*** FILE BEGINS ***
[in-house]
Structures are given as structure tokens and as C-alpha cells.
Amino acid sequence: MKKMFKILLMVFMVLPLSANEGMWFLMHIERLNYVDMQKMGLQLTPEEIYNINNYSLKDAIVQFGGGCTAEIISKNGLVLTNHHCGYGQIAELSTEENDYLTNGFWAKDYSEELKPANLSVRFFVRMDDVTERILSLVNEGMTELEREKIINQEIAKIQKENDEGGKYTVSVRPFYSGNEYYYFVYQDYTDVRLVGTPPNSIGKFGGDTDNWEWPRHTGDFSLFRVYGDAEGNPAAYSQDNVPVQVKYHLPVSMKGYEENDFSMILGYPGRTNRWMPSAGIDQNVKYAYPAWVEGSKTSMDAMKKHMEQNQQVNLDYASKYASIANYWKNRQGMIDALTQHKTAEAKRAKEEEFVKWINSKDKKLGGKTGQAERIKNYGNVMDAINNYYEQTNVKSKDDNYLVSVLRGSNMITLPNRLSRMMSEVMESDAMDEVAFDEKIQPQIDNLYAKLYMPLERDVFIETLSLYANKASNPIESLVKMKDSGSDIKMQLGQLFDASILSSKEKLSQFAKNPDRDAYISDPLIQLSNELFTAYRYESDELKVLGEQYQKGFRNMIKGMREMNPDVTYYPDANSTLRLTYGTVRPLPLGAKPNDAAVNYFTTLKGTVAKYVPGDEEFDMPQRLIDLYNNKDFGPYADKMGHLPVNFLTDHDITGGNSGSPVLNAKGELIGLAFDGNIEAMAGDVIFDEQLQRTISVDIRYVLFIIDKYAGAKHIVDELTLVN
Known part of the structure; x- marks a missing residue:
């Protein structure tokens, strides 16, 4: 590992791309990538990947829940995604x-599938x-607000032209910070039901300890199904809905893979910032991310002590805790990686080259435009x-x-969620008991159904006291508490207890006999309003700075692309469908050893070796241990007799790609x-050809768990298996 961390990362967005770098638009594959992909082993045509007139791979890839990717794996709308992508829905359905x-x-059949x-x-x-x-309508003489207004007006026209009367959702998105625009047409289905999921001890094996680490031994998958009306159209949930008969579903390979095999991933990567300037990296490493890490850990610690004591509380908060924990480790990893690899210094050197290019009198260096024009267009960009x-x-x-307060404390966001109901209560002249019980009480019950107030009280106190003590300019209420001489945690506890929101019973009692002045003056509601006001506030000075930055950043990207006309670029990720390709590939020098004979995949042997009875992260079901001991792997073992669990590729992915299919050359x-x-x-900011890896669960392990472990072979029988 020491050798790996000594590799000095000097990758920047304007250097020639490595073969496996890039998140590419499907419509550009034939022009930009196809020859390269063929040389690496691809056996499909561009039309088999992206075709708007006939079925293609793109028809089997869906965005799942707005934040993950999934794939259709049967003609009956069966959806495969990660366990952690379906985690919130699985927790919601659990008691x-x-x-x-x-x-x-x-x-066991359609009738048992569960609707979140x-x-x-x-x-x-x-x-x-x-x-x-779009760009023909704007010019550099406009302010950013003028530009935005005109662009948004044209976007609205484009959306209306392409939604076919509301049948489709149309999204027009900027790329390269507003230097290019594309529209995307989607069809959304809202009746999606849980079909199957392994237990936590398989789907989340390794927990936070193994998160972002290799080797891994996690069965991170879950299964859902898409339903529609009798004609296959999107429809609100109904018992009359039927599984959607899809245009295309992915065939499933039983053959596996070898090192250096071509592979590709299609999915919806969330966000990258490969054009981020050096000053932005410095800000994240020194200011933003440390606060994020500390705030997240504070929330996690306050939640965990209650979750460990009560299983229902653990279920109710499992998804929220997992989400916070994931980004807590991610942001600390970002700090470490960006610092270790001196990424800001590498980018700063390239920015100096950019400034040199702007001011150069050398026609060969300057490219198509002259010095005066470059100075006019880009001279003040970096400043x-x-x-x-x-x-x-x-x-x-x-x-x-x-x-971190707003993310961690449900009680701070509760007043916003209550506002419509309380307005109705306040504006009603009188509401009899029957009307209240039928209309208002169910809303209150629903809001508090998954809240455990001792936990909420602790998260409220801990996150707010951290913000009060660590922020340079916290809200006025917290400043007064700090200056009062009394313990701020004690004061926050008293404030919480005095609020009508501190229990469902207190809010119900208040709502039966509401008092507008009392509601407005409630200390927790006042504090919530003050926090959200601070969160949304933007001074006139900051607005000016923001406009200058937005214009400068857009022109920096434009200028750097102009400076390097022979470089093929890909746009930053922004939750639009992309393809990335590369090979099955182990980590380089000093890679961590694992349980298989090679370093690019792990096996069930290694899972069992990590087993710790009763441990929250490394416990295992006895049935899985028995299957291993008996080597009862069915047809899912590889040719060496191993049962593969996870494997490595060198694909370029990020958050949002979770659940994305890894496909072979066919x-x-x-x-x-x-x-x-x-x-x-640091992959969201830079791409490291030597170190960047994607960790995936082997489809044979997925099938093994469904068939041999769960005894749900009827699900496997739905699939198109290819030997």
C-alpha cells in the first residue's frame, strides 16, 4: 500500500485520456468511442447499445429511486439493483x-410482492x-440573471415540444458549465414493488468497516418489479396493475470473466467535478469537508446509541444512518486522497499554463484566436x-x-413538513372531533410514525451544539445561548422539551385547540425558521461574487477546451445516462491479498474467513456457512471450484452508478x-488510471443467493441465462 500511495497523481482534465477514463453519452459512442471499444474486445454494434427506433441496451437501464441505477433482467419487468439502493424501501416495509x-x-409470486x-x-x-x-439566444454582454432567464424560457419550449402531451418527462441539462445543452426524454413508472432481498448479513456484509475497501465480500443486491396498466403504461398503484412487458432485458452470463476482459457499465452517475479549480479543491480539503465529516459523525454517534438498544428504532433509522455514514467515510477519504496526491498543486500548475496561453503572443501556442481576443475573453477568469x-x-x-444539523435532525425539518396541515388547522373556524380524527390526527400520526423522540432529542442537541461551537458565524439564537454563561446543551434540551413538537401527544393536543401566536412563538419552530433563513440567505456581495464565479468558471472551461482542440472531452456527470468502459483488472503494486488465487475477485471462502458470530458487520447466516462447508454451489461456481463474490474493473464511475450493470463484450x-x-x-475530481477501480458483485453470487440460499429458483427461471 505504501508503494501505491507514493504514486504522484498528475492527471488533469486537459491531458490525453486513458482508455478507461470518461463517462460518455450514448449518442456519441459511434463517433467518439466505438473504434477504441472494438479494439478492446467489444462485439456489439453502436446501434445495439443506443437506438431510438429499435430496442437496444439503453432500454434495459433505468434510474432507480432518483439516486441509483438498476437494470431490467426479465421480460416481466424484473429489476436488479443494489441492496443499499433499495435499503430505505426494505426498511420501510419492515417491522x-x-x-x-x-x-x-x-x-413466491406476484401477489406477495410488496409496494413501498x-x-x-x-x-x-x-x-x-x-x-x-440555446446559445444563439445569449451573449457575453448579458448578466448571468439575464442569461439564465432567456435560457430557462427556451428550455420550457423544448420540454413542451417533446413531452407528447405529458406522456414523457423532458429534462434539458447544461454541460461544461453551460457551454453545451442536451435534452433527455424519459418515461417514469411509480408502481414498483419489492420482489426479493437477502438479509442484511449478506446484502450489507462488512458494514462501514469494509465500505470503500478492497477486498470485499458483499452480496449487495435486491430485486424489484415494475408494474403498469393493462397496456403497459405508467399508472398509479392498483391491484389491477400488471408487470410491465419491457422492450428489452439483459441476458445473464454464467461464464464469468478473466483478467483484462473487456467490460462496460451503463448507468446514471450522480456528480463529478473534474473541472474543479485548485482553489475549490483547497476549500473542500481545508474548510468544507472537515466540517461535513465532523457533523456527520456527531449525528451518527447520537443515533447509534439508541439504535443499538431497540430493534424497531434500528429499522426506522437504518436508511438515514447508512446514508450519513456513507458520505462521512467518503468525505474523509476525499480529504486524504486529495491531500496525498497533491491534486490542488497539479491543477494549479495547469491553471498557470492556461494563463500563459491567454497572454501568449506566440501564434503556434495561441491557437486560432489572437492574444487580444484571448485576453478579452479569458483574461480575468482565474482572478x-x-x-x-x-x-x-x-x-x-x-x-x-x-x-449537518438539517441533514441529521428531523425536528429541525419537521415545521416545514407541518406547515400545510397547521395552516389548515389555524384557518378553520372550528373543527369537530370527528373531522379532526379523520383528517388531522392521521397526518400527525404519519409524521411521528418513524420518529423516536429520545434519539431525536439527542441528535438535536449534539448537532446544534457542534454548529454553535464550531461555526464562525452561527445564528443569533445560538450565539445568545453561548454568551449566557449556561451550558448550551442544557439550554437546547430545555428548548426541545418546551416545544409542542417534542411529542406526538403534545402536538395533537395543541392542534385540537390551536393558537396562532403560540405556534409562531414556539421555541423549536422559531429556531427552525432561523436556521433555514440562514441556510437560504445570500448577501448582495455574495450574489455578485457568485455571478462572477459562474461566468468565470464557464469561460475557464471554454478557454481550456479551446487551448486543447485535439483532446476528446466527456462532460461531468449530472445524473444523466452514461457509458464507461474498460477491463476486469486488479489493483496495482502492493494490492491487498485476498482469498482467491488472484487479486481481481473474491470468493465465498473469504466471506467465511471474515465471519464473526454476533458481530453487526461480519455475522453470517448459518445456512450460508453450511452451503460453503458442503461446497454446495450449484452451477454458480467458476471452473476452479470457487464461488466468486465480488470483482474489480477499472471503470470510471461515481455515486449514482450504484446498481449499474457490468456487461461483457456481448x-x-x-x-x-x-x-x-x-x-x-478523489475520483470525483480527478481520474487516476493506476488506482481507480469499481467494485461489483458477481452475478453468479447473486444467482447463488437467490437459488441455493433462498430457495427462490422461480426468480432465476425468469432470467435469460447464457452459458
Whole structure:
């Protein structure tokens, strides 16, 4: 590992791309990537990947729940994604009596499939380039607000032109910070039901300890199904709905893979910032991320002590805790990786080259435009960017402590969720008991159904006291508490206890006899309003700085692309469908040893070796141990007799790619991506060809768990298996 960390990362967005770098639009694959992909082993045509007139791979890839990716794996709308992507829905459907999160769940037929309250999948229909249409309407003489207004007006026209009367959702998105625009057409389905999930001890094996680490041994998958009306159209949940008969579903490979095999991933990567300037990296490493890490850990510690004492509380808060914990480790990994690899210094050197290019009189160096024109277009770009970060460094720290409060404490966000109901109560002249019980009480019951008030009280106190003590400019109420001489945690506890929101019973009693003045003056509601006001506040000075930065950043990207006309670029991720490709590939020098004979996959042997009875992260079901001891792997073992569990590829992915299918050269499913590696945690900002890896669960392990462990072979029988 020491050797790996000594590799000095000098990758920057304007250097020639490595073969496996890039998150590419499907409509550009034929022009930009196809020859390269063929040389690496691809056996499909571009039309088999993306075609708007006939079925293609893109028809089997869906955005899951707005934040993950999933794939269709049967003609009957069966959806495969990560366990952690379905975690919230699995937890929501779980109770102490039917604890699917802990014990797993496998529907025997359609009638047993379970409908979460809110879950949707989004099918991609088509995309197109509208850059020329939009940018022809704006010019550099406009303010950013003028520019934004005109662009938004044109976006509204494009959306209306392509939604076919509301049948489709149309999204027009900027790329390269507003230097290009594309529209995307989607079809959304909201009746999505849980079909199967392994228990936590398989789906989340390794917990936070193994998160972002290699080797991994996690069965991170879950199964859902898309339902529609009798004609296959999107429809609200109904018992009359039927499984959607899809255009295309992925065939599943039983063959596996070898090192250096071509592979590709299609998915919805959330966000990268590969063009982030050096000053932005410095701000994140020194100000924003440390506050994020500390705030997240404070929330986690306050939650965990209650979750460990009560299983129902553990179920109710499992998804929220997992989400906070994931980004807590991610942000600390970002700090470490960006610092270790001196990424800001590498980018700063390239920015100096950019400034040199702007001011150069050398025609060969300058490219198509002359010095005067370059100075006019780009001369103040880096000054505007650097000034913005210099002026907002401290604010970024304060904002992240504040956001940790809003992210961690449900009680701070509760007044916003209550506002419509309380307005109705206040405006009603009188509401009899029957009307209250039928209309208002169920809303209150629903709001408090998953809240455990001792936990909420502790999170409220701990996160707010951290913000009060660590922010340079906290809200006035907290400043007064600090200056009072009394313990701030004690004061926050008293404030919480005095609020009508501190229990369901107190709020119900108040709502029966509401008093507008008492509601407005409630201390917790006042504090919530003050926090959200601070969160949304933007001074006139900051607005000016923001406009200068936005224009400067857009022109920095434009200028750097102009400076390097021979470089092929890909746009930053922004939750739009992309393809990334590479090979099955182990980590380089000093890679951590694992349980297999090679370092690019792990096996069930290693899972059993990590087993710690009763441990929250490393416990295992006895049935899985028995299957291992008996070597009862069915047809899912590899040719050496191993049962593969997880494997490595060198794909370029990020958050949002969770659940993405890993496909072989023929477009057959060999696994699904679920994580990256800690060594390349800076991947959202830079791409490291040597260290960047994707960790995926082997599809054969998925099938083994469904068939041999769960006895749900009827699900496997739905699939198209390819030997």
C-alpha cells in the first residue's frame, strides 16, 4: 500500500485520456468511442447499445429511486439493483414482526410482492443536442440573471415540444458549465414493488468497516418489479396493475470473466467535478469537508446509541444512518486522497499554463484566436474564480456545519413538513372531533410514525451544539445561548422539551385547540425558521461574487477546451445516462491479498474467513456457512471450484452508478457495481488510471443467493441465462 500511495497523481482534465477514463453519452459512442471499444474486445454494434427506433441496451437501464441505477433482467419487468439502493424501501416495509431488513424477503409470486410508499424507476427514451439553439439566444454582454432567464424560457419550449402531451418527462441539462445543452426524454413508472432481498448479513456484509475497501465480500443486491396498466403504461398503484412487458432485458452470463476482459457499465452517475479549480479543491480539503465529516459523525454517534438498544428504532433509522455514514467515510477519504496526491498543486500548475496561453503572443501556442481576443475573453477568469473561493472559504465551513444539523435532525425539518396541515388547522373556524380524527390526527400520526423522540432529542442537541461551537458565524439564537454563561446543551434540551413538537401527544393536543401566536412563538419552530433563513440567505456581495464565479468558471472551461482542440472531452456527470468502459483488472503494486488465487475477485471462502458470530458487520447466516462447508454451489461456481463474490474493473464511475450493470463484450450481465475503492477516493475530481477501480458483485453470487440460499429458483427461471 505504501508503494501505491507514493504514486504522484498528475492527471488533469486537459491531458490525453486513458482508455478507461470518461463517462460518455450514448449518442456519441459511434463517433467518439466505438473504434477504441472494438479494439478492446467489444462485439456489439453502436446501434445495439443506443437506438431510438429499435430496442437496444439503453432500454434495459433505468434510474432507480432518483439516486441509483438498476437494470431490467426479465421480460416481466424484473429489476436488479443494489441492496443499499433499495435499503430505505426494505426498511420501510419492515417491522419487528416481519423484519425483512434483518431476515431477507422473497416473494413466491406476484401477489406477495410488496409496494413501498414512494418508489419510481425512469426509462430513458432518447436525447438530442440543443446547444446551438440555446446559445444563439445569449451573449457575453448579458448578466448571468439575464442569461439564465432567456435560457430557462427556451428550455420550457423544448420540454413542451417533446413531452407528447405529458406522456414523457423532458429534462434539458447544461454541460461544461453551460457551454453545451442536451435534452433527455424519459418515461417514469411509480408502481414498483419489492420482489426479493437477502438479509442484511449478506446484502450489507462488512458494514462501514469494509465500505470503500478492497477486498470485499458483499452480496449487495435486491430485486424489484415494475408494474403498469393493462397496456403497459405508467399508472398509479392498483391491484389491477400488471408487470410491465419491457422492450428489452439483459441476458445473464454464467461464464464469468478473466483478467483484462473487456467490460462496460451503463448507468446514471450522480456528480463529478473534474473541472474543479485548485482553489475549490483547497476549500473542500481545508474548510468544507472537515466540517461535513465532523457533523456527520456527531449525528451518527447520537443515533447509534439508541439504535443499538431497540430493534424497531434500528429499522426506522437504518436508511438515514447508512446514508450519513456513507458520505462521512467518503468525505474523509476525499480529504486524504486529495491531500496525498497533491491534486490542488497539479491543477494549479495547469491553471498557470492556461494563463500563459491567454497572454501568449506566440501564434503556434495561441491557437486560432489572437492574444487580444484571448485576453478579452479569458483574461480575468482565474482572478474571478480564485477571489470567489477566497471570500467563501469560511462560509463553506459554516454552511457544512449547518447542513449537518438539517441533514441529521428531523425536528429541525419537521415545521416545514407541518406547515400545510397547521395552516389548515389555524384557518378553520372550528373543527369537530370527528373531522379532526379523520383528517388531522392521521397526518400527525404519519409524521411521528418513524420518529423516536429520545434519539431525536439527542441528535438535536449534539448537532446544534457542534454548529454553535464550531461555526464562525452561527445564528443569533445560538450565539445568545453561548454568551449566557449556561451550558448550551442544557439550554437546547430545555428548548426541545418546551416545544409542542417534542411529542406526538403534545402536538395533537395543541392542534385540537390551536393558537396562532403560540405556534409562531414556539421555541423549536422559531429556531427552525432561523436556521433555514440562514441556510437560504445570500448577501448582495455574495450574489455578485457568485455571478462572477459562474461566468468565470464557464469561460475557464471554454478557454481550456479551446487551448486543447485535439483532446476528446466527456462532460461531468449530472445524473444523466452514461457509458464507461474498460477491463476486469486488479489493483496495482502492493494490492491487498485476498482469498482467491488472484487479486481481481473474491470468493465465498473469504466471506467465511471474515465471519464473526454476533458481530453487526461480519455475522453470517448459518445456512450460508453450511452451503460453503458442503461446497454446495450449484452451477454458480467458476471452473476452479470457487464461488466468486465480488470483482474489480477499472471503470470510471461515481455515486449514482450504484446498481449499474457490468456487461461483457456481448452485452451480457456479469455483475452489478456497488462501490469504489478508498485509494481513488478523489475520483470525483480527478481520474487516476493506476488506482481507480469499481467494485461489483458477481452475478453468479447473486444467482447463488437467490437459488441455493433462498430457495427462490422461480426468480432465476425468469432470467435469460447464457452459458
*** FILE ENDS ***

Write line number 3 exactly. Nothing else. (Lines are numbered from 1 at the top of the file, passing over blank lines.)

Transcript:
Amino acid sequence: MKKMFKILLMVFMVLPLSANEGMWFLMHIERLNYVDMQKMGLQLTPEEIYNINNYSLKDAIVQFGGGCTAEIISKNGLVLTNHHCGYGQIAELSTEENDYLTNGFWAKDYSEELKPANLSVRFFVRMDDVTERILSLVNEGMTELEREKIINQEIAKIQKENDEGGKYTVSVRPFYSGNEYYYFVYQDYTDVRLVGTPPNSIGKFGGDTDNWEWPRHTGDFSLFRVYGDAEGNPAAYSQDNVPVQVKYHLPVSMKGYEENDFSMILGYPGRTNRWMPSAGIDQNVKYAYPAWVEGSKTSMDAMKKHMEQNQQVNLDYASKYASIANYWKNRQGMIDALTQHKTAEAKRAKEEEFVKWINSKDKKLGGKTGQAERIKNYGNVMDAINNYYEQTNVKSKDDNYLVSVLRGSNMITLPNRLSRMMSEVMESDAMDEVAFDEKIQPQIDNLYAKLYMPLERDVFIETLSLYANKASNPIESLVKMKDSGSDIKMQLGQLFDASILSSKEKLSQFAKNPDRDAYISDPLIQLSNELFTAYRYESDELKVLGEQYQKGFRNMIKGMREMNPDVTYYPDANSTLRLTYGTVRPLPLGAKPNDAAVNYFTTLKGTVAKYVPGDEEFDMPQRLIDLYNNKDFGPYADKMGHLPVNFLTDHDITGGNSGSPVLNAKGELIGLAFDGNIEAMAGDVIFDEQLQRTISVDIRYVLFIIDKYAGAKHIVDELTLVN